Origin of magnateMiddle English from Late Latin magnas (pl. magnates), great man from Classical Latin magnus, great: see magni-
William Randolph Hearst is an example of a newspaper magnate.
Origin of magnateMiddle English magnates magnates, high officials (attested only in pl.) perhaps from Late Latin magnātēs pl. of magnās great man or from Late Latin magnātus great man both from Latin magnus great ; see meg- in Indo-European roots.
- Metal object with flux.
- Powerful industrialist; captain of industry.
- A person of rank, influence or distinction in any sphere.
Part or all of this entry has been imported from the 1913 edition of Webster's Dictionary, which is now free of copyright and hence in the public domain. The imported definitions may be significantly out of date, and any more recent senses may be completely missing.
- Virtually every literary magnate of the Occident has found one or more interpreters in modern Japan.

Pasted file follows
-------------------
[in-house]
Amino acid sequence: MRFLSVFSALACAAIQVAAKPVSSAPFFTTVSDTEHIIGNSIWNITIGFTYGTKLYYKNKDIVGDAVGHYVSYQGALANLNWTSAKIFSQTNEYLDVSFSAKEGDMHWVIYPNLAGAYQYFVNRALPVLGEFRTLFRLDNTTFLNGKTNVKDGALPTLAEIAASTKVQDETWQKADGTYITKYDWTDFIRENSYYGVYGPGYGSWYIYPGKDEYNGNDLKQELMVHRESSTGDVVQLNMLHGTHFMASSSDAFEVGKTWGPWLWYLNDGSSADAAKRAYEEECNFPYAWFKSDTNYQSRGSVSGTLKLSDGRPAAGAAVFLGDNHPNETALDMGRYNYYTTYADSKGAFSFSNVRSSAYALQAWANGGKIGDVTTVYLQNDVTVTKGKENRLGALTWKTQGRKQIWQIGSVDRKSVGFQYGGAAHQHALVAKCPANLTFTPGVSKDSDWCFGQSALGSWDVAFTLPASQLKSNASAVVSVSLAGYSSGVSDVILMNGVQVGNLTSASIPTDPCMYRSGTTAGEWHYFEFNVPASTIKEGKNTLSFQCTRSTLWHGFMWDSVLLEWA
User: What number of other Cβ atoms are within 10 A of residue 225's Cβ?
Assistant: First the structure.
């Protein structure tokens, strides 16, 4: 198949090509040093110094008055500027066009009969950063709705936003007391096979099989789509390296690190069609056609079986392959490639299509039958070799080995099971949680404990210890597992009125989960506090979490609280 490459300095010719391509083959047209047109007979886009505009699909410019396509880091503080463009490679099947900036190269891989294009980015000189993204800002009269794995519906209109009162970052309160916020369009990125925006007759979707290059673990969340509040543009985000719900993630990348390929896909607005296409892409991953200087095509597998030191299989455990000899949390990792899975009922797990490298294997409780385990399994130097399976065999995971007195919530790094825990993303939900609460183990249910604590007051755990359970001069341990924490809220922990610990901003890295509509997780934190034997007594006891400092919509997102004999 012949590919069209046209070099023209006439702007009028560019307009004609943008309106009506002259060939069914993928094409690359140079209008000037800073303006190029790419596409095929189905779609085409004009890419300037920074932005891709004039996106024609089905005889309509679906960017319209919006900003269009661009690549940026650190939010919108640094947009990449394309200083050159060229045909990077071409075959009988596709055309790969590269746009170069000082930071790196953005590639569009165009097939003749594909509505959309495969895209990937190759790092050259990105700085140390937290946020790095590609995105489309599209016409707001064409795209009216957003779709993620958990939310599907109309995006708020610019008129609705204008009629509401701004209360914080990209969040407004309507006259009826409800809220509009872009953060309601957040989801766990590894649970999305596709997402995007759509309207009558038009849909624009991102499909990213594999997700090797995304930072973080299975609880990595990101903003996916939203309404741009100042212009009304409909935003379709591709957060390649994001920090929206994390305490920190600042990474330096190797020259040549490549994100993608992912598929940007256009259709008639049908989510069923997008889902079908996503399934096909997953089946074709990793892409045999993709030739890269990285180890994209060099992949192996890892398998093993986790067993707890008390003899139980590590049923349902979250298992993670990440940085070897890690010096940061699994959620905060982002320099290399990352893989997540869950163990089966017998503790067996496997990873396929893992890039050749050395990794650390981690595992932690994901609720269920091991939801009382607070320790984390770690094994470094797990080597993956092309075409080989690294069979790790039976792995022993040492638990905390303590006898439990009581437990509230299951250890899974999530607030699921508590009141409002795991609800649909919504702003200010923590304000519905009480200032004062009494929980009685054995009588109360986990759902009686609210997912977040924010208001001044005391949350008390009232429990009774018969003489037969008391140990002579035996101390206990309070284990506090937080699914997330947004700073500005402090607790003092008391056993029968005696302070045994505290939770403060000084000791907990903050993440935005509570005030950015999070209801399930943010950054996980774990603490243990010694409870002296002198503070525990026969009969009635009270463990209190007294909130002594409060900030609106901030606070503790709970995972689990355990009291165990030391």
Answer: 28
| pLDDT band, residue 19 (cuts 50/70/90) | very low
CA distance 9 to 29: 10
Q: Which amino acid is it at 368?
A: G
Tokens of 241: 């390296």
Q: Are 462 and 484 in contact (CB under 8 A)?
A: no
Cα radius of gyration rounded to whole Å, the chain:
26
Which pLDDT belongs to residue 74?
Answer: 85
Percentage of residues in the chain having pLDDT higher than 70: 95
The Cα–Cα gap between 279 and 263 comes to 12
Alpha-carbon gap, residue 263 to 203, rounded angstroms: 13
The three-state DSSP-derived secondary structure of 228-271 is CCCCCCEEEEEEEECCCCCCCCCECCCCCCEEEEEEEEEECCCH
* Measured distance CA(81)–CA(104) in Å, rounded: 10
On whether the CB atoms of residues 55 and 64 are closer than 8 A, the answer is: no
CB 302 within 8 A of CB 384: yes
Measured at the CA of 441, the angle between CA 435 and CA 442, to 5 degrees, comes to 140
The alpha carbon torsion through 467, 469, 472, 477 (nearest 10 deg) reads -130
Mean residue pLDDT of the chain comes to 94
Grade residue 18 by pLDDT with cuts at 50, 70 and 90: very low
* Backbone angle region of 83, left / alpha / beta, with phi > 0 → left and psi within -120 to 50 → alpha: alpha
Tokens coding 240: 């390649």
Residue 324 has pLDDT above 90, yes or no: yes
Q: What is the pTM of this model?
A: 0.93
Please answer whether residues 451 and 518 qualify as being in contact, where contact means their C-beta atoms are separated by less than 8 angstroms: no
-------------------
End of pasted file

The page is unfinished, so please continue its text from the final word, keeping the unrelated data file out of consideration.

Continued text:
- Dionysus, being set up against him (145) by Tryphon, a magnate of the kingdom.
- One of his most celebrated pieces was Zofjowka, written on the country seat of Felix Potocki, a Polish magnate, for this was the age of descriptive as well as didactic poetry.
- EDWARD HENRY HARRIMAN (1848-1909), American financier and railroad magnate, son of the Rev. Orlando Harriman, rector of St George's Episcopal church, Hempstead, L.I., was born at Hempstead on the 25th of February 1848.
- When she returned to Petersburg both the magnate and the prince were there, and both claimed their rights.